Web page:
The Design part of the game has to do with things like magic, artifacts, cultures, cities, philosophies and such. For the ongoing game (named "Imperium"), I created a whole slew of shards with abilities, personas, histories and organizations. For an earlier game, I created a new system of magic, crafting 66 orders of magic with spell lists and techniques. I like the Design part a lot but it isn't my favorite - because I'd rather be telling the story than fiddling with the things in it. But design is very important. A great degree of world building is design-related, and inconsistent design sucks. Thus, I have copious (and terribly sorted) notes on everything that I think is of interest in the game. My design philosophy is simple - it must be interesting to me and to my players, and it must dovetail into the story.

The Development part is my weakness. This is where I dump the rules for the things I've designed - how things work in terms of game systems (whether adopted, adapted or homegrown). This is number crunching, character stats, multiple character sheets, die rolls, charts, tables and so on. The sheer tedium bores the story teller in me (and even the designer) - but this part of gaming is quite important because a system creates consistency, and consistency of experience in vital in gaming. I needed to learn how to put some sort of order in the chaos of my creation (development needs to iron out all the ideas that I come up with, especially when I'm in intuitive idea mode with no patience to look at the small stuff).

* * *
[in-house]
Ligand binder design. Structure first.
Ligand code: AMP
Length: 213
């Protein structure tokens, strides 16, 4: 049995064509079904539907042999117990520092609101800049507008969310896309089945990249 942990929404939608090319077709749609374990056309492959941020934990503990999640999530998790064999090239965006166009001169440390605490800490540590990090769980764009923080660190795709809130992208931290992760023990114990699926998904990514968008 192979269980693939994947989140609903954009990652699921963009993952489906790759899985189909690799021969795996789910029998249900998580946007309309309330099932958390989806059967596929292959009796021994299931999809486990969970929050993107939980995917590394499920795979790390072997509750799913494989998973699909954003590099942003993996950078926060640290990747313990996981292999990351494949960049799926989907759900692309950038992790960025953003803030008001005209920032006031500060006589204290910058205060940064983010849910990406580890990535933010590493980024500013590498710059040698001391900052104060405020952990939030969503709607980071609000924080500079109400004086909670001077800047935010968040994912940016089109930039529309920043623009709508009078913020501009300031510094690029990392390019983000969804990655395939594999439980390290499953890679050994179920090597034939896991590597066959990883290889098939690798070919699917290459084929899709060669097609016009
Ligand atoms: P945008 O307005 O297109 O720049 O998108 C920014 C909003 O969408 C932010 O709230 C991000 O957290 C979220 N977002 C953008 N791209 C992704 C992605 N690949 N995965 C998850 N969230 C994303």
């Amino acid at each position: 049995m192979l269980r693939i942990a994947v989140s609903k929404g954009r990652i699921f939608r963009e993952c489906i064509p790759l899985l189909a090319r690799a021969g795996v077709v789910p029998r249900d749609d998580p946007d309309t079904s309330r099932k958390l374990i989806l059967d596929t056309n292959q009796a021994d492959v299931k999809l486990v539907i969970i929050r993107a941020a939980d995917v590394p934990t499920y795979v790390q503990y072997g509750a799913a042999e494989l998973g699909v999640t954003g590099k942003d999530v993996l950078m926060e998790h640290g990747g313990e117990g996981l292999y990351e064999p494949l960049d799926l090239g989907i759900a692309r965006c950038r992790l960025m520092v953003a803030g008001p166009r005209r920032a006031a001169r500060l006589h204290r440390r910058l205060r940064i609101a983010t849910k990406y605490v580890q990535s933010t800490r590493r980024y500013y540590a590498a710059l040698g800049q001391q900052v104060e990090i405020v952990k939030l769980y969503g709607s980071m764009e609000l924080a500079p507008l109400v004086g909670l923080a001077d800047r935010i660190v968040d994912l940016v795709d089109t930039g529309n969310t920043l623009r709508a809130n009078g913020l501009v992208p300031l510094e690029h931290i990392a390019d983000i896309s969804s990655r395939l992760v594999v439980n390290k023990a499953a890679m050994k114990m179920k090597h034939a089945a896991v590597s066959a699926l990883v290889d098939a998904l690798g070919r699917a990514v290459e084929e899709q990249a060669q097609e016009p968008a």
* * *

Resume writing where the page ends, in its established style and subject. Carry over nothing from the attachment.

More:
In my life as a writer and as a businessman, I've found that I've been able to utilize (and even monetize) all three of my GM skills.

In business, the creatives part is obvious - one of the companies I own makes money based on ideas executed in terms of word and imagery. The design part has helped me handle complex business challenges that require structure and rationales - like nationwide campaigns with different handles for specific doors. Development - my hated number crunching - has proven itself when I deal with financials, and surprise, surprise, I can actually understand income statements, gross margins, percentage contribution of sales and other otherwise braindeadening things. And I am almost never intimidated in meetings with Big Names, because I've roleplayed even bigger entities (haha).

In writing, creatives is once again obvious (although I now ask myself why I veer away from plot and favor other discourse elements in my own fiction). Design weaves into the world-building elements of my stories, but more importantly, permits me to think of story and story elements in a metatextual manner. Development has helped in the business side of my writing, when I act as a publisher, with numbers and logistics to juggle.